SANS Prize - High School (U.S.) Crash Override 361
SANS Prize - Undergraduate (U.S.) Team Name 1,129
IMPACT Prize (International) DFRC 3,297
EC-COUNCIL Prize (US GOVT) LBPDCCID 409
EC-COUNCIL Prize (US Military) Batcheej 88
EC-COUNCIL Prize (Commercial) Little Tree 1,791
EC-COUNCIL Prize (Civilian) William Twins Forensics 1,470
JHU Prize (Community College) PWNsauce 84
UK Cyber Security Challenge Mine Inc 352

2011 DC3 Digital Forensics Challenge[edit]

A total of 1147 teams from 50 states and 52 countries applied to enter the 2011 DC3 Challenge. This is a 3% increase in team applications from 1,110 teams from 48 states and 53 countries entered in 2010. Of that number of teams in 2011, 174 teams submitted solution packets back to FX for grading. This is a 149% increase in the number of submissions returned to the DC3 Challenge from 2010 with 70 submissions returned.

2011 Winners' Circle

CATEGORY (SPONSORS) TEAM NAME # OF PLAYERS AFFILIATION POINTS
Grand Champion (DC3) LoneWolf 1 Sabanci University, Turkey 4,789
Overall Civilian Winner (EC-Council) DFRC 4 University of South Korea, Korea 2,762
Overall Commercial Winner (EC-Council) Northrop Grumman 4 Northrop Grumman, United States 3,471
Overall High School (EC-Council) AlphaPHS 4 Poolesville High School, United States 854
Overall Undergraduate (EC-Council) SIGSEGV 4 Arizona State University, United States 3,532
Overall Graduate (EC-Council) LoneWolf 1 Sabanci University, Turkey 4,789
U.S. Overall Winner (DC3, BlackBag, Dell) SIGSEGV 4 Arizona State University, United States 3,532
U.S. Government Winner (EC-Council, AFCEA, NIST OLES, Paraben) 0x90 4 Department of Defense, United States 3,269
U.S. Military Winner (EC-Council, AFCEA, Paraben) DCIS SEFO 4 Defense Criminal Investigative Service, United State 1,105
U.S. High school Winner (SANS) AlphaPHS 4 Poolesville High School, United States 854
U.S. Community College Winner (CyberWatch/JHU, CIS, McAfee) CSI-207-001 4 Anne Arundel Community College, United States 924
U.S. Undergraduate Winner (SANS, AFCEA, Paraben, Access Data) SIGSEGV 4 Arizona State University, United States 3,532
U.S. Graduate Winner (SANS) DSU MSIA-2 1 Dakota State University 1,549
Non-U.S. Overall Winner (IMPACT) LoneWolf 1 Sabanci University, Turkey 4,789
U.K. Overall Winner (UK Challenge, McAfee) Icarus 1 Lancaster University, United Kingdom 2,098

2012 DC3 Digital Forensics Challenge[edit]

The 2012 DC3 Digital Forensics Challenge saw a great year of participation from 1,209 teams from 49 US states and 53 countries. DC3 received 1,356 exercise submissions, a dramatic increase from 850 submissions the previous year. In 2012, the US took seven of the top ten spots.

2013 DC3 Digital Forensics Challenge[edit]

The 2013 DC3 Digital Forensics Challenge is underway! Please visit the website[17] for more information and to register your team.

Published tools[edit]

To assist the DoD in cyber investigations, various tools and utilities have been written by agencies within DC3, and some have been released publicly. One of the most prominent of these tools is dcfldd,[18] a modification of the Unix dd utility to include a progress bar, pattern-based disk wiping, and inline data hashing. The dcfldd utility is maintained by Nick Harbour, who had previously worked at DCFL while developing the tool.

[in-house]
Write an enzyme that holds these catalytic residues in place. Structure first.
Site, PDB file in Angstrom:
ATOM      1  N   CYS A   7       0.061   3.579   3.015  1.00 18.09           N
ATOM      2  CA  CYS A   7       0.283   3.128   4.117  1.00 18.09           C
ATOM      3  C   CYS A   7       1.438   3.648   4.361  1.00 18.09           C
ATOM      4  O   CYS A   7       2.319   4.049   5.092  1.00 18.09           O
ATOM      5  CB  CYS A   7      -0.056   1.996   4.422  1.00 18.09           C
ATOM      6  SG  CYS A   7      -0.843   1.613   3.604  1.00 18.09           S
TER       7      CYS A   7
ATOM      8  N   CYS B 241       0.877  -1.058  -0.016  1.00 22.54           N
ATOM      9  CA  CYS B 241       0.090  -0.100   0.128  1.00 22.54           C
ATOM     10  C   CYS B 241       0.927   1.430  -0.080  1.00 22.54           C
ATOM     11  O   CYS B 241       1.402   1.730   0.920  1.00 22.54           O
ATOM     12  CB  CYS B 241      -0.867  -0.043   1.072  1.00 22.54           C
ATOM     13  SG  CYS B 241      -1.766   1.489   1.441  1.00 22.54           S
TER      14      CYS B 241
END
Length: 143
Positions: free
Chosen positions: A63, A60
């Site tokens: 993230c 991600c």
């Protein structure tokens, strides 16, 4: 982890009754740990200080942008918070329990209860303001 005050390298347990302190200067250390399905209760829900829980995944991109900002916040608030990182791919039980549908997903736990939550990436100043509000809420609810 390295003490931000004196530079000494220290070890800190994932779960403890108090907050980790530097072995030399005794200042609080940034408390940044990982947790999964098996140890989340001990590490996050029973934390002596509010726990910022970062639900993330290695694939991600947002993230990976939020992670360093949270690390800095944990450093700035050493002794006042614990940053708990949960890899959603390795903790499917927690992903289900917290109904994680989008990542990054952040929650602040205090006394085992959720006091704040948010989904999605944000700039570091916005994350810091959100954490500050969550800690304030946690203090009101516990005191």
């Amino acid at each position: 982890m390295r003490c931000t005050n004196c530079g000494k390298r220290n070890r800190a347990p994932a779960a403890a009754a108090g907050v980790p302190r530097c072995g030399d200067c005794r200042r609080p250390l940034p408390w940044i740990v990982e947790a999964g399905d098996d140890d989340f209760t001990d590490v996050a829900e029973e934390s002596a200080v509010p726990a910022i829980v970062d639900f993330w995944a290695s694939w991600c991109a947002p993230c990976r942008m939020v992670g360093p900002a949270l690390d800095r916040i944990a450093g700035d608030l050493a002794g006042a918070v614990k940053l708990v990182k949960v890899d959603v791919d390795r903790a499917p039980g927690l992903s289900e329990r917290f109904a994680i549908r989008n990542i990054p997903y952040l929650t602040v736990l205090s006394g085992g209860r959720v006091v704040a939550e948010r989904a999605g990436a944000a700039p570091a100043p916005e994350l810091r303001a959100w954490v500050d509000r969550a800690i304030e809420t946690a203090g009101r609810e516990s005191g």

DC3 continued development of the dcfldd utility with a new effort, dc3dd.[19] This new version is based upon standard modifications to the existing dd application, instead of continually rewriting the utility for each dd release. This development style allows dc3dd to simply plug in its functionality into the latest dd version.

References[edit]

  1. ^ "DoD Executive Agent (EA) for the DoD Cyber Crime Center (DC3)". DoDD 5505.13E. Retrieved 18 May 2011. 
  2. ^ "Department of Defense Reform Initiative Directive #27 - DoD Computer Forensics Laboratory and Training Program". 10 Feb 1998. Retrieved 2009-04-19. 
  3. ^ a b "DC3 Website - DCFL Overview". www.dc3.mil. Retrieved 17 May 2011. 
  4. ^ "ASCLD Accredited Labs". ASCLD Laboratory Status Website. American Society of Crime Laboratory Directors. Retrieved 17 May 2011. 
  5. ^ a b "COE Membership Registry" (PDF). COE Website. Council on Occupational Education. Retrieved 17 May 2011. 
  6. ^ "DC3 Website - About the Academy". DC3 Website. Retrieved 17 May 2011. 
  7. ^ "DoD Cyber Investigations Training Academy Receives College Credit Recommendations for Training Courses" (PDF). June 15, 2006. Retrieved 2009-04-19. 
  8. ^ "Academy Course List". Academy Course List. Retrieved 2009-04-19.  Check date values in: |date= (help)]
  9. ^ "DCITA Certification". DC3 Website - DCITA Certification. Retrieved 17 May 2011. 
  10. ^ "DCCI R&D". DC3 Website - DCCI. Retrieved 17 May 2011. 
  11. ^ "DC3 Cyber Crime Challenges". Dc3.mil. Retrieved 2013-06-18. 
  12. ^ "AccessData Named "Grand Champion" by the Department of Defense Cyber Crime Center (DC3.)" (PDF). AccessData, Inc. January 2, 2007. Retrieved 2009-04-19. 
  13. ^ "AFIT cyber warriors win Digital Forensics Challenge". November 18, 2007. Retrieved 2009-04-19. 
  14. ^ "2008 DC3 Digital Forensics Challenge web site". 2008 DC3 Digital Forensics Challenge web site. Retrieved 18 May 2011. 
  15. ^ "2009 DC3 Digital Forensics Challenge web site". 2009 DC3 Digital Forensics Challenge web site. Retrieved 18 May 2011. 
  16. ^ "2010 DC3 Digital Forensics Challenge web site". 2010 DC3 Digital Forensics Challenge web site. Retrieved 18 May 2011. 
  17. ^ "DC3 Challenge 2013 | Home". Dc3.mil. Retrieved 2013-06-18. 
  18. ^ "dcfldd". Retrieved 2009-04-19. 
  19. ^ "dc3dd". Retrieved 2009-04-19. 

External links[edit]